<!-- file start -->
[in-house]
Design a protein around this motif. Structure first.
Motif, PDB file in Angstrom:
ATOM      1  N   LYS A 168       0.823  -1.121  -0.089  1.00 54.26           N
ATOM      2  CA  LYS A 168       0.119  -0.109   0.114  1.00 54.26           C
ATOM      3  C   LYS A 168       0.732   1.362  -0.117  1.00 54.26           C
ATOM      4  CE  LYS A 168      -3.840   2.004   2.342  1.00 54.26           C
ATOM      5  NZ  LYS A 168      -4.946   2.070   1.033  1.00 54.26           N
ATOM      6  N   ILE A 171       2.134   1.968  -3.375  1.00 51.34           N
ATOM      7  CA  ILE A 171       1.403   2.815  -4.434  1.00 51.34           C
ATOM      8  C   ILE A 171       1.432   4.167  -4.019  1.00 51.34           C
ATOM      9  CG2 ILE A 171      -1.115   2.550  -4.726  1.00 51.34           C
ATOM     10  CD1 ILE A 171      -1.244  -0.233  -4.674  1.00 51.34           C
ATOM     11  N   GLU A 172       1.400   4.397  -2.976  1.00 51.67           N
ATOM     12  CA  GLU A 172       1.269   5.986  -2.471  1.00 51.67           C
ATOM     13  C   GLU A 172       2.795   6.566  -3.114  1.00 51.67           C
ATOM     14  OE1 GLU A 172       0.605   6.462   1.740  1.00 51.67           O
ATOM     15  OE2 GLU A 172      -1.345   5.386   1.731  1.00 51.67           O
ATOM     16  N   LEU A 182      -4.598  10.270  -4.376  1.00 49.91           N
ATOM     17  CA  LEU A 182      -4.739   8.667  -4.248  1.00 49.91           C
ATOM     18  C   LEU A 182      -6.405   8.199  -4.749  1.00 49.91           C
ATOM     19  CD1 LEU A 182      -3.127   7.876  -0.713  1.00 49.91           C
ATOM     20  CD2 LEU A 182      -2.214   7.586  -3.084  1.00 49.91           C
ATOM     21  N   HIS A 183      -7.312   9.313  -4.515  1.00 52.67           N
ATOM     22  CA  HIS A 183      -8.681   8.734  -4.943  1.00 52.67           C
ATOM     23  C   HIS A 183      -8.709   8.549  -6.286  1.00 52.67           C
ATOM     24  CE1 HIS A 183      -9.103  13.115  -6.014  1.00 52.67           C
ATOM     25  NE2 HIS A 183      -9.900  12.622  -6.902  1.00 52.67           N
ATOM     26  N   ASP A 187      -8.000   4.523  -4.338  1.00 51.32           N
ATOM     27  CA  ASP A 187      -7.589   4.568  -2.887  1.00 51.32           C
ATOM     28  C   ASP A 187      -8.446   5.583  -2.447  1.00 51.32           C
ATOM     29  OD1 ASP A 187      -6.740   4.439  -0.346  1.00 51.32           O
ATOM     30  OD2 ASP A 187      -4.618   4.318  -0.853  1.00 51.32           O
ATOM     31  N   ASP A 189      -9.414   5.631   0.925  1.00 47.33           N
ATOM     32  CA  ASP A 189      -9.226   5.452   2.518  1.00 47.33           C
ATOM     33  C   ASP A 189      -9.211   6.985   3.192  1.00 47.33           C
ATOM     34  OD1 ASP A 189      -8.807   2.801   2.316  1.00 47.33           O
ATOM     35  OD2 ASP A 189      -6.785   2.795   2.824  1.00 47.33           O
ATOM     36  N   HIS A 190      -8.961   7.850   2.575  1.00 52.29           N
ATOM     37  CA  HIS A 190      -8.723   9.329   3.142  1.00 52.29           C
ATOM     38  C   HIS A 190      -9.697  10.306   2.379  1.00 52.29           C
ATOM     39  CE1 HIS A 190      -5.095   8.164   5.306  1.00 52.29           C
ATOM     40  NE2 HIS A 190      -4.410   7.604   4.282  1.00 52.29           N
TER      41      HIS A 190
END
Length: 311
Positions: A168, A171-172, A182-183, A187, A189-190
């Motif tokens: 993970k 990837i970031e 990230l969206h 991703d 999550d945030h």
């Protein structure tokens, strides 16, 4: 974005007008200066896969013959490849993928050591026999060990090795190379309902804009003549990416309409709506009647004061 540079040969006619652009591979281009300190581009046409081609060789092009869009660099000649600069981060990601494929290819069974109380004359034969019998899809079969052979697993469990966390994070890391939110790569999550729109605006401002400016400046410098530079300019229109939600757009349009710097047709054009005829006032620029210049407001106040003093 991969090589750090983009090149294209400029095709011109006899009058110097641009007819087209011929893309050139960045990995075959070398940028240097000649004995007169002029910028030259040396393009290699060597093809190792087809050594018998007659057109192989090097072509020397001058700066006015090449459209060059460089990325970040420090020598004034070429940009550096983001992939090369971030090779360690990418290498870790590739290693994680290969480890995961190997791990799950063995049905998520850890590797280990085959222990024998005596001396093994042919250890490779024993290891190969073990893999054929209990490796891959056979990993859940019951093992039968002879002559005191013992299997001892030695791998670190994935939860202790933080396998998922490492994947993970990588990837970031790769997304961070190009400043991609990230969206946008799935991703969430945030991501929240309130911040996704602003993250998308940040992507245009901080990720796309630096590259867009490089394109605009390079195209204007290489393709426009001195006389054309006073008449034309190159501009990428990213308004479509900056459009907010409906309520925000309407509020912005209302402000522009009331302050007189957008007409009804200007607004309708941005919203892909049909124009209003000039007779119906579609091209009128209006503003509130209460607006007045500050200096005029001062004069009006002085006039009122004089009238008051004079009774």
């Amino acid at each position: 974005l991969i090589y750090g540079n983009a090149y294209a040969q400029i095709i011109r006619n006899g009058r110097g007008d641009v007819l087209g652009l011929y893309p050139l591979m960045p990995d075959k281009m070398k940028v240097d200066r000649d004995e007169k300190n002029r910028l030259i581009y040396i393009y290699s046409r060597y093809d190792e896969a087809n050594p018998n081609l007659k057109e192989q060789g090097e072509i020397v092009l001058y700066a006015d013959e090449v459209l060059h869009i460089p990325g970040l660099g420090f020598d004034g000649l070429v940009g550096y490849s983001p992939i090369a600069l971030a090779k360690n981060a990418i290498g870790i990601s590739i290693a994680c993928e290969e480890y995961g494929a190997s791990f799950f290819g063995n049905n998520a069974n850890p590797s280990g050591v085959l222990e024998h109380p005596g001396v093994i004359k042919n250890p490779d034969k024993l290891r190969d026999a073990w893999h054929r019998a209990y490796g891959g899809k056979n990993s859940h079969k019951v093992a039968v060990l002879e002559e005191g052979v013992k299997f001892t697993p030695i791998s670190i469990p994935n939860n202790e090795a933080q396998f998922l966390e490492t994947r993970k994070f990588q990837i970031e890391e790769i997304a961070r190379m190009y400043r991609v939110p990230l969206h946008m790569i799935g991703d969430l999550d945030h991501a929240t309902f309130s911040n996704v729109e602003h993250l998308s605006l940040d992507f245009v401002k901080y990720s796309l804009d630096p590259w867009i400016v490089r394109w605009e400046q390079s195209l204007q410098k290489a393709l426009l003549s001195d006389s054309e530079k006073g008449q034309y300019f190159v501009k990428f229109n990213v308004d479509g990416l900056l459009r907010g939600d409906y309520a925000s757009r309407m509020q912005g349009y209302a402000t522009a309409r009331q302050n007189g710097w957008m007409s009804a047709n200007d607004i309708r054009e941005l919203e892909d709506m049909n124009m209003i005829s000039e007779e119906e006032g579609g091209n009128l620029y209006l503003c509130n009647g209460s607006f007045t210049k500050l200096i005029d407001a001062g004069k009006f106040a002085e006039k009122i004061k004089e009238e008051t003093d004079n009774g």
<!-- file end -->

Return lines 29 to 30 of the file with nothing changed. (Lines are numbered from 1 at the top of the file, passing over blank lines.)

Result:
ATOM     26  N   ASP A 187      -8.000   4.523  -4.338  1.00 51.32           N
ATOM     27  CA  ASP A 187      -7.589   4.568  -2.887  1.00 51.32           C